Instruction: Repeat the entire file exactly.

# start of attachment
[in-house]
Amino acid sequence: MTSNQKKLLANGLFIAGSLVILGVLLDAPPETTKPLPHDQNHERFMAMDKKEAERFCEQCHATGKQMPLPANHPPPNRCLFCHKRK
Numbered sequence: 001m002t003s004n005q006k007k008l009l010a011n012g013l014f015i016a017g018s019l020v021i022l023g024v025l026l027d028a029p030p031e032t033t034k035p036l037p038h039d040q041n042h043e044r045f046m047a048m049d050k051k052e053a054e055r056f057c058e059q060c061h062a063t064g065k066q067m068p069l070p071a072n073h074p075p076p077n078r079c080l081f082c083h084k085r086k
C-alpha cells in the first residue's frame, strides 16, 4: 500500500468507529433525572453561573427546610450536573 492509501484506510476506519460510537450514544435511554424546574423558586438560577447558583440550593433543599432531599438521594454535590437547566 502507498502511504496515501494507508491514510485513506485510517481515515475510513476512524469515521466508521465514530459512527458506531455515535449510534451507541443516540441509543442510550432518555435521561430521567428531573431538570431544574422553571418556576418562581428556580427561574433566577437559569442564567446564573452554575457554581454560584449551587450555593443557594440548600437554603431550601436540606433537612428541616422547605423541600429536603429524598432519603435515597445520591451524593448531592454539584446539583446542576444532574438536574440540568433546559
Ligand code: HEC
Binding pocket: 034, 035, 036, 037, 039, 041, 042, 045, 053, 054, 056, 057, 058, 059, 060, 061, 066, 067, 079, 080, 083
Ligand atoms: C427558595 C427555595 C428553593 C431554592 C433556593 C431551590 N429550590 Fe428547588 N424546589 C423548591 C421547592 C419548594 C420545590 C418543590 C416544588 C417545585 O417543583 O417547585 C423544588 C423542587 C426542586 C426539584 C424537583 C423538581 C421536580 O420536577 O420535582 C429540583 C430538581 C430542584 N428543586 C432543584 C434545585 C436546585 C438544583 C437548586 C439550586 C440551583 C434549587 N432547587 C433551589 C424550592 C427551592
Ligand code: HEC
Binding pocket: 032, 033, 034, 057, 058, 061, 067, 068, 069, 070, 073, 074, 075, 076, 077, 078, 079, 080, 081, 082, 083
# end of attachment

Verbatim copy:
[in-house]
Amino acid sequence: MTSNQKKLLANGLFIAGSLVILGVLLDAPPETTKPLPHDQNHERFMAMDKKEAERFCEQCHATGKQMPLPANHPPPNRCLFCHKRK
Numbered sequence: 001m002t003s004n005q006k007k008l009l010a011n012g013l014f015i016a017g018s019l020v021i022l023g024v025l026l027d028a029p030p031e032t033t034k035p036l037p038h039d040q041n042h043e044r045f046m047a048m049d050k051k052e053a054e055r056f057c058e059q060c061h062a063t064g065k066q067m068p069l070p071a072n073h074p075p076p077n078r079c080l081f082c083h084k085r086k
C-alpha cells in the first residue's frame, strides 16, 4: 500500500468507529433525572453561573427546610450536573 492509501484506510476506519460510537450514544435511554424546574423558586438560577447558583440550593433543599432531599438521594454535590437547566 502507498502511504496515501494507508491514510485513506485510517481515515475510513476512524469515521466508521465514530459512527458506531455515535449510534451507541443516540441509543442510550432518555435521561430521567428531573431538570431544574422553571418556576418562581428556580427561574433566577437559569442564567446564573452554575457554581454560584449551587450555593443557594440548600437554603431550601436540606433537612428541616422547605423541600429536603429524598432519603435515597445520591451524593448531592454539584446539583446542576444532574438536574440540568433546559
Ligand code: HEC
Binding pocket: 034, 035, 036, 037, 039, 041, 042, 045, 053, 054, 056, 057, 058, 059, 060, 061, 066, 067, 079, 080, 083
Ligand atoms: C427558595 C427555595 C428553593 C431554592 C433556593 C431551590 N429550590 Fe428547588 N424546589 C423548591 C421547592 C419548594 C420545590 C418543590 C416544588 C417545585 O417543583 O417547585 C423544588 C423542587 C426542586 C426539584 C424537583 C423538581 C421536580 O420536577 O420535582 C429540583 C430538581 C430542584 N428543586 C432543584 C434545585 C436546585 C438544583 C437548586 C439550586 C440551583 C434549587 N432547587 C433551589 C424550592 C427551592
Ligand code: HEC
Binding pocket: 032, 033, 034, 057, 058, 061, 067, 068, 069, 070, 073, 074, 075, 076, 077, 078, 079, 080, 081, 082, 083